Sunday, 7 September 2008

Credit Crunch to drive UK Cyber Crime

As the effects of the “global credit crunch” starts to take hold in the UK, it is evident to me that UK focused “Cyber Crime” will sharply increase as a result. Over the past ten years the UK economy has been in a honey-moon period, and doing relatively well, with the GDP growth out pacing the rest of EU. The good and steady economic environment has resulted in low unemployment figures for much of the last decade. You really have to go back to the late 1990’s since the last major loll in the UK economy.

In comparison, mass market cyber crime for financial gain hardily existed ten years ago, and certainly was not on the radar during the last major recession in 1990’s. Over the last decade Internet access and usage for the average UK person has radically changed, thanks to the explosion of broadband, which in turn has resulted in providing cyber crime opportunities around every corner.

Within the Security Industry it is commonly known hackers have been increasinly focusing their efforts on attacks which yield financial rewards as opposed to the traditional attacks for the challenge, fun, or kudos. For example the number of original viruses being created for the sake of causing disruption, which often has no financial benefit for the perpetrator has been dropping, while attacks for financial gain for the perpetrator, such web application attacks, phishing Emails and key loggers installations have been rapidly raising in the last few years. On the back of this, the amount of personal information being placed and made available on the internet is increasing, providing a rich gold mine for cyber fraudsters and identity thieves.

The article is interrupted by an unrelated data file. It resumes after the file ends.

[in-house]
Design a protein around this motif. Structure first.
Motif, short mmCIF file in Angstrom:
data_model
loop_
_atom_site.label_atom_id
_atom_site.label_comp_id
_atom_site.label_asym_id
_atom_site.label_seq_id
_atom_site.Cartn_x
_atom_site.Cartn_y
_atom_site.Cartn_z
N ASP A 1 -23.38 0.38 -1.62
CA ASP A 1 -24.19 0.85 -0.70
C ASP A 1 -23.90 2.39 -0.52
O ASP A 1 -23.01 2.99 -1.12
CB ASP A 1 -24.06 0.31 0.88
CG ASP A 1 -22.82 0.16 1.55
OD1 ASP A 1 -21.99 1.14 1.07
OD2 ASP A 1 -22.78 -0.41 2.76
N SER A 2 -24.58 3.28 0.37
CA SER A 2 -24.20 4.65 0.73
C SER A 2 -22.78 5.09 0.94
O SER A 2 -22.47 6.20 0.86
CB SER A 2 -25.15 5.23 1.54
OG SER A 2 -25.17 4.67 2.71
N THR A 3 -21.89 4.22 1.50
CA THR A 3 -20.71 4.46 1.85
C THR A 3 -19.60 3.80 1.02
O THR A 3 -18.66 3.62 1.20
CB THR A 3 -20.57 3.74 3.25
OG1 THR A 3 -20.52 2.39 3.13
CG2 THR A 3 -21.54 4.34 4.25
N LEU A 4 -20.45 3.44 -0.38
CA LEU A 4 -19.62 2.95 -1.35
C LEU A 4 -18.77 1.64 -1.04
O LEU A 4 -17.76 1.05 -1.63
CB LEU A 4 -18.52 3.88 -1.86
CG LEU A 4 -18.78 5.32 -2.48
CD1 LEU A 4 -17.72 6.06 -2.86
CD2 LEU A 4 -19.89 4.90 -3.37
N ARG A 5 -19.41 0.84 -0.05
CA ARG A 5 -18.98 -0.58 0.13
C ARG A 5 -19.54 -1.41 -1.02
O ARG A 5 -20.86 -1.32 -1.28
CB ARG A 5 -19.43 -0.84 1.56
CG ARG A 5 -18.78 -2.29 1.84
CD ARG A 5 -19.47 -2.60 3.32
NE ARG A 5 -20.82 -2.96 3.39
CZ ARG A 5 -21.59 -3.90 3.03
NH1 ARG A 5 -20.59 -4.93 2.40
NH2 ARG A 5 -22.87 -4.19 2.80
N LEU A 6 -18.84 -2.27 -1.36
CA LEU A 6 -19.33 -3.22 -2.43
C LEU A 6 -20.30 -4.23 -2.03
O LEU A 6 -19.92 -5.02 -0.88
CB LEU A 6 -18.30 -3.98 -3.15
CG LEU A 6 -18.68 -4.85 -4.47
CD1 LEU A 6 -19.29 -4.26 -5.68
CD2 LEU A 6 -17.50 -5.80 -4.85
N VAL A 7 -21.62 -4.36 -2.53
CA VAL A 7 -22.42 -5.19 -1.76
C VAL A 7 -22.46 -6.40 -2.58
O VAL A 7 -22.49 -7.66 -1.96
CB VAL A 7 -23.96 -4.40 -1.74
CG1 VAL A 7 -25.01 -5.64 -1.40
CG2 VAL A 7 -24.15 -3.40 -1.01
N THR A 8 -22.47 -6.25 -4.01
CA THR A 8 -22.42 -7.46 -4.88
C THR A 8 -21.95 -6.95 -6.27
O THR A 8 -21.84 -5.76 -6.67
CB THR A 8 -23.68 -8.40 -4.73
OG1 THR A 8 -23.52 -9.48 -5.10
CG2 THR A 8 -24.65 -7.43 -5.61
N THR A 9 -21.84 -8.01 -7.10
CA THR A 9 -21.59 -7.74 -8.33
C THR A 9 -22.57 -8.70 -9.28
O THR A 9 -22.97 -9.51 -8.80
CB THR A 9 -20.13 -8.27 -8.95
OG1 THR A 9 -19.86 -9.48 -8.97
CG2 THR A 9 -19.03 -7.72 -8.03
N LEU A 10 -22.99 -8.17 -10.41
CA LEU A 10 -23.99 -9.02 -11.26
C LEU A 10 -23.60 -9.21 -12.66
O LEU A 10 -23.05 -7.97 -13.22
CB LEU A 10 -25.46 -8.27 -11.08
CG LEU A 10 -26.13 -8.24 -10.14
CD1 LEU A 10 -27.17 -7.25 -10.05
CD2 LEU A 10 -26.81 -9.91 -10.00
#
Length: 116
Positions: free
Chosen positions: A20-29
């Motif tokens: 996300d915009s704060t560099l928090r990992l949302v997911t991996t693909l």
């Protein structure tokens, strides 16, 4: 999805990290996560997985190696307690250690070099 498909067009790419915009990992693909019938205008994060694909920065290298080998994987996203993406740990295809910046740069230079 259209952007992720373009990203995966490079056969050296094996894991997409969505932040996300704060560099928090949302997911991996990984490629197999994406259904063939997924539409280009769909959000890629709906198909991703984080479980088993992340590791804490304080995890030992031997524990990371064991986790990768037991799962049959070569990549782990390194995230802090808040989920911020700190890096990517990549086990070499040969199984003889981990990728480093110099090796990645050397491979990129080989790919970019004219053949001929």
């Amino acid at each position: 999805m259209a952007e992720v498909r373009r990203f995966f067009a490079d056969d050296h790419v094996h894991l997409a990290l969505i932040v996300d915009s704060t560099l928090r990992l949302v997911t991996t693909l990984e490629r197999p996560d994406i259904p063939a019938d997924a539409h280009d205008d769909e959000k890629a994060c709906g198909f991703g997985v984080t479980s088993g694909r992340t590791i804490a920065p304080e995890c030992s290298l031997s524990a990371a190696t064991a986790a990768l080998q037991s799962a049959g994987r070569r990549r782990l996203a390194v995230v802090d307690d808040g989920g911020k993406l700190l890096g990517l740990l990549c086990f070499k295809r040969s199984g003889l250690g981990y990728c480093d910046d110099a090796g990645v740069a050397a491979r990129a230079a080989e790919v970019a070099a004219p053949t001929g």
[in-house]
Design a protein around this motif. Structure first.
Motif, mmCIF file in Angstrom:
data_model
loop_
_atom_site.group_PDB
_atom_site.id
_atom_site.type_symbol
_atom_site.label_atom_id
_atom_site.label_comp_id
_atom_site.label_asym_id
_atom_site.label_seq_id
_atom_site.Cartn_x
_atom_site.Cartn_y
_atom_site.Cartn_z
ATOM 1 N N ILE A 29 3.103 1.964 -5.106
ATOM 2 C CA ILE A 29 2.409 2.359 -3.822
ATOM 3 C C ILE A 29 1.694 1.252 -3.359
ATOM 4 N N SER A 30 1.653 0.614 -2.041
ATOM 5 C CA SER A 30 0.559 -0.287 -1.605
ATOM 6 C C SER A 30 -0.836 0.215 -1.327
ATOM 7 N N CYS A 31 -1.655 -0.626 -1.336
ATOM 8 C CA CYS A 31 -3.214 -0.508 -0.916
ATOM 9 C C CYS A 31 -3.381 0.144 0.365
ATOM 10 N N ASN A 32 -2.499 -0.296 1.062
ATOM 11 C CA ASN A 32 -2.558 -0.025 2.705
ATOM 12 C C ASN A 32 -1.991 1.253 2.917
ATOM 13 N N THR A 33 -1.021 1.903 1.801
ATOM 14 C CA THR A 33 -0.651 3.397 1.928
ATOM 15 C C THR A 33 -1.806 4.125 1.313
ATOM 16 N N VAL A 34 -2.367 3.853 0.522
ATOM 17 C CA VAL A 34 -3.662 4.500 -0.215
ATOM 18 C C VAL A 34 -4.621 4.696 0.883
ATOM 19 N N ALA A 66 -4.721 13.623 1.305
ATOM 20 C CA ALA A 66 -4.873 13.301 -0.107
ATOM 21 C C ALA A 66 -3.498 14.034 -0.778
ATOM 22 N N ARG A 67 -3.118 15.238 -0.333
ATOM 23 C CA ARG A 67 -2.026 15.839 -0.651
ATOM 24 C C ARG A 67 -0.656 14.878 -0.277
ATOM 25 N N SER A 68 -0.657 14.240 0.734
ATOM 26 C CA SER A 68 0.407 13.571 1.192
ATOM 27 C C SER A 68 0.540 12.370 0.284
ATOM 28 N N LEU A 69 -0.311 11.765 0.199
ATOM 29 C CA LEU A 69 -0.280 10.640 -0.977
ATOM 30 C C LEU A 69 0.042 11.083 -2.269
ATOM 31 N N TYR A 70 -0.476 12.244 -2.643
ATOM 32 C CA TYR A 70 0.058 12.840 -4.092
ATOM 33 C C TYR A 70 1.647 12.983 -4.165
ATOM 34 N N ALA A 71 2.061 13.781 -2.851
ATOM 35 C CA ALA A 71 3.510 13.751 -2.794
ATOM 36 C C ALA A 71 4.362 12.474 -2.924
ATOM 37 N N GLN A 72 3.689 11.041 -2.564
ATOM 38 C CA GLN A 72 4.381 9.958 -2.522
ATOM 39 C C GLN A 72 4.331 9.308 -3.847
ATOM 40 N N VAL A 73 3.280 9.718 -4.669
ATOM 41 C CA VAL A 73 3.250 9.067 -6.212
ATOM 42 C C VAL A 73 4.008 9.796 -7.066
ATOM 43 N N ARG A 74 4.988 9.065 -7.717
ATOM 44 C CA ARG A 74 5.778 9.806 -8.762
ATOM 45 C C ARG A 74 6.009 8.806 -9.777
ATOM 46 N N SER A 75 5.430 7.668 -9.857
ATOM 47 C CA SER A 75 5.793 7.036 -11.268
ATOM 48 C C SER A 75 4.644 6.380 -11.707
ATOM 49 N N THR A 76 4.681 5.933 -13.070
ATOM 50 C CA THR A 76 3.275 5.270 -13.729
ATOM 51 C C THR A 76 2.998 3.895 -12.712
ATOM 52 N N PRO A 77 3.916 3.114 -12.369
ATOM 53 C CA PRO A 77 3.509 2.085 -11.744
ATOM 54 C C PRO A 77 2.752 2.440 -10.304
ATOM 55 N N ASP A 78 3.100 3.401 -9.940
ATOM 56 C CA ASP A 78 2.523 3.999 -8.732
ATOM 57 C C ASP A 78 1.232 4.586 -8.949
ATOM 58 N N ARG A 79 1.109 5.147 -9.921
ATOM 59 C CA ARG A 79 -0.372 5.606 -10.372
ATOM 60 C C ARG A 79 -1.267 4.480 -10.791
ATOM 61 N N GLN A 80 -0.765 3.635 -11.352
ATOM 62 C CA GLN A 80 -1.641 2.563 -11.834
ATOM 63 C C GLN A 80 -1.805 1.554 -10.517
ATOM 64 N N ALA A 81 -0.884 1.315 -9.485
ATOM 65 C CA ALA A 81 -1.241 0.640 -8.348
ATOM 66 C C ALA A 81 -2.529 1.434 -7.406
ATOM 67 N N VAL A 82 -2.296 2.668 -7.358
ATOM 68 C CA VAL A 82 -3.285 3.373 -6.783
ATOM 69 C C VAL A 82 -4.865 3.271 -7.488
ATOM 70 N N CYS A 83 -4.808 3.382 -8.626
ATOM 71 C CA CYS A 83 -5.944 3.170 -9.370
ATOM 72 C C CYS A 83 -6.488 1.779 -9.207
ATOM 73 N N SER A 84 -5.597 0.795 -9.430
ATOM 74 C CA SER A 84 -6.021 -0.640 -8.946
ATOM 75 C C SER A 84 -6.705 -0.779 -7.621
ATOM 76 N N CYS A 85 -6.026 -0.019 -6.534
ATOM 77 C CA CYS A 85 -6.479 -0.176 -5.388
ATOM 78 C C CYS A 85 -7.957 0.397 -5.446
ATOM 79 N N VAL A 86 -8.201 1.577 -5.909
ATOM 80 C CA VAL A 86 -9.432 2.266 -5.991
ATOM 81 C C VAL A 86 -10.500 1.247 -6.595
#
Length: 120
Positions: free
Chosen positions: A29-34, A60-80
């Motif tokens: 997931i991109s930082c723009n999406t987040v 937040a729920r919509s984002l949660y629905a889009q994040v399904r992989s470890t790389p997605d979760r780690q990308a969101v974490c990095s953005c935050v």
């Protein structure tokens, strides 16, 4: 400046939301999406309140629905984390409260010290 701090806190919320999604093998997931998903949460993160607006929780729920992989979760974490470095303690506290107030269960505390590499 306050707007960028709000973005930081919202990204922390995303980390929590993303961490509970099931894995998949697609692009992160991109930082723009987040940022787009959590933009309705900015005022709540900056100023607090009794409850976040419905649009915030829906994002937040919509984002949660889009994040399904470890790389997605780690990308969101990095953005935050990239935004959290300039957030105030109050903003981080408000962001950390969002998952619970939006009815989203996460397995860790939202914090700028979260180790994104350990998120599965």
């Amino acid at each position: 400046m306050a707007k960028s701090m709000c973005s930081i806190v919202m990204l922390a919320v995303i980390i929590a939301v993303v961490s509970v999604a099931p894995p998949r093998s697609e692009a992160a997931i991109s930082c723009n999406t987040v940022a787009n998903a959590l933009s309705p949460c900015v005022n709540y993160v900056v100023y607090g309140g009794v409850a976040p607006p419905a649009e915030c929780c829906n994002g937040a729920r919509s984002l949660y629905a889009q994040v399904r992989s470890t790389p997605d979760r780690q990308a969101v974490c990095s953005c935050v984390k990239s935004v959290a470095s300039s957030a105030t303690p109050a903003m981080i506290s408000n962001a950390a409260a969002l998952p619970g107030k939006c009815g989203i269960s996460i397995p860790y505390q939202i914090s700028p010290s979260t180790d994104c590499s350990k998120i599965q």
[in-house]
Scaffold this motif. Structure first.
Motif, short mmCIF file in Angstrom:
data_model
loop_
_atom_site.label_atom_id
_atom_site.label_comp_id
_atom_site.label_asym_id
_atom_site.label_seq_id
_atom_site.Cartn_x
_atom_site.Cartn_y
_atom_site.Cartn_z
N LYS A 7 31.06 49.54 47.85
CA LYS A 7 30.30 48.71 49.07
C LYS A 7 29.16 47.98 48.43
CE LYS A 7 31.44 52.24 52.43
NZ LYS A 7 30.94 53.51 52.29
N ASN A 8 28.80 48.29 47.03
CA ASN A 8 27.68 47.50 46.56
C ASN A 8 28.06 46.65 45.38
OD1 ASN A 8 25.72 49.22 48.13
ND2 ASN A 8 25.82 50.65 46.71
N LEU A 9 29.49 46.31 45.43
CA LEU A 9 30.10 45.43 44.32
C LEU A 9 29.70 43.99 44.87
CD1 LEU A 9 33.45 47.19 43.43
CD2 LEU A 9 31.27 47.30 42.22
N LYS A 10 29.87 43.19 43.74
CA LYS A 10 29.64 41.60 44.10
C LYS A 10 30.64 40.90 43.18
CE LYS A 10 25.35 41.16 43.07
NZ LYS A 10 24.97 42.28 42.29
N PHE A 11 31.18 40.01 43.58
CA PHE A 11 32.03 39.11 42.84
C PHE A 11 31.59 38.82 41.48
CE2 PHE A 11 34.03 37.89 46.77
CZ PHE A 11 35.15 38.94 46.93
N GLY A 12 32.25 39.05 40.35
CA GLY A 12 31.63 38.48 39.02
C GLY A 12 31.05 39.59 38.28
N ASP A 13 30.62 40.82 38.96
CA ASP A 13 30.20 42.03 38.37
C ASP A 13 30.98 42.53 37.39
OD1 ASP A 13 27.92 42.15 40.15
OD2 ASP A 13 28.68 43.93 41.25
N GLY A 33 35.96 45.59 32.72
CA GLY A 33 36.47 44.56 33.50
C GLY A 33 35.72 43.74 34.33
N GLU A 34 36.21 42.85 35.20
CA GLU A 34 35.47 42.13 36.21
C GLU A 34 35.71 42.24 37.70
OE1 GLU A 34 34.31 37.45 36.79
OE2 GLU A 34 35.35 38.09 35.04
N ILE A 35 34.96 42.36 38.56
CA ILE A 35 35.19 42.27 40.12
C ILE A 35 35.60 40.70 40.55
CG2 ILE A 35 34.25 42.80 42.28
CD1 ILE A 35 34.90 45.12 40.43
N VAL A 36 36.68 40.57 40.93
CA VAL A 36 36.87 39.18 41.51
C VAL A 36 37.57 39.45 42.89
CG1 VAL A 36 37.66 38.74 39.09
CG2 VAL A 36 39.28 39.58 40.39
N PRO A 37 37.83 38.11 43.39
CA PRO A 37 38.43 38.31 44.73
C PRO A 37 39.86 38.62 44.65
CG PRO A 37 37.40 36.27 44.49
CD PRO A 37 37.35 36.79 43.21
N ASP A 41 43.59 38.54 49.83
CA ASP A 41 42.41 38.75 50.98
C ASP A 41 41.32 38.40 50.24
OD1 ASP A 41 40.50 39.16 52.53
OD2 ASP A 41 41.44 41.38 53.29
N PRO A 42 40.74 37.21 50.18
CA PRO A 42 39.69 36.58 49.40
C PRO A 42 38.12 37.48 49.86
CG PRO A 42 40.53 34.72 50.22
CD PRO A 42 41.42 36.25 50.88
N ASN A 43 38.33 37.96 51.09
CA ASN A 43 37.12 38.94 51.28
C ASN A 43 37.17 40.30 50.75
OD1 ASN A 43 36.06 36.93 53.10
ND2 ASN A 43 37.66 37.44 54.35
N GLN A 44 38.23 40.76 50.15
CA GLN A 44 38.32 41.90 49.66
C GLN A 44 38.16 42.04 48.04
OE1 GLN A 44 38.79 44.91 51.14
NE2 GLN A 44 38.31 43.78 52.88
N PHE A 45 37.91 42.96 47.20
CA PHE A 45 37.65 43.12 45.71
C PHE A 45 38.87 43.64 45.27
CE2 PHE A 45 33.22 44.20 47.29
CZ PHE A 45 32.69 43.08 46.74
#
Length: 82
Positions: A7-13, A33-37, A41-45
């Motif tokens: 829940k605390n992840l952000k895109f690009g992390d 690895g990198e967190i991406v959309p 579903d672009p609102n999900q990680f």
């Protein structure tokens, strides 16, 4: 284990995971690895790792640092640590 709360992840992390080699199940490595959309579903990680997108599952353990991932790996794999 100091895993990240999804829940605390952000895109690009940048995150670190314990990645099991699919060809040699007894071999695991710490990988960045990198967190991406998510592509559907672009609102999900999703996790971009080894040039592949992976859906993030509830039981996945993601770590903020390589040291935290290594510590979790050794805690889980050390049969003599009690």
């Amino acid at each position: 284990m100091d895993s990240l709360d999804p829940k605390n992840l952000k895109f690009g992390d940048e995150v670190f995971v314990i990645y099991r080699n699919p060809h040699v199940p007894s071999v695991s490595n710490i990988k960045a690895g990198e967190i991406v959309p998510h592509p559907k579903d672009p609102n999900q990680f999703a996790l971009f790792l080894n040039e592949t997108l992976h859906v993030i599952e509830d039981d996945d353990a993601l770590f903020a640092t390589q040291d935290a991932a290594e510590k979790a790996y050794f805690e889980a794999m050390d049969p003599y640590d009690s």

There are many analysts and reports stating economic slowdown and raising employment results in increases in crime, and in particularly fraud crime. Fraud crime fits cyber crime like a glove. Putting this economy and crime trends together with the trends in security and cyber crime with financial motivation (fraud), since the last major economic slow down in the UK, I can only conclude one obvious outcome, namely the credit crunch will drive a serious increase in cyber crime in the UK. It will be very interesting to see if the future official figures on UK online card fraud reflects this trend. Just about every person I have spoken to about cyber crime fraud in recent months has themselves, or knows a family member, friend, or work colleague, who has been "done" with credit card fraud as a result of something which occurred online during the last 12 months.

So I urge everyone in the UK to buckle up their anti-malware software, check their paper shredders, to be eagle-eyed reviewing credit card/bank statements and to keep extra vigilant when online as we sail through the choppy water of the credit crunch.


Anonymous said...

When I was targetted last year for fraudulent activity on my credit card the banks just simply write the debt off. I was quite amased they dont pursue the fraudulent activity. They just seem to let it happen and move on. And we ulimately have to pay for it in the end. I think banks should be more proactive to counteract this sort of crime.

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Joseph said...

I totally agree with you. I think cyber crime will definitely increase as a result of that.

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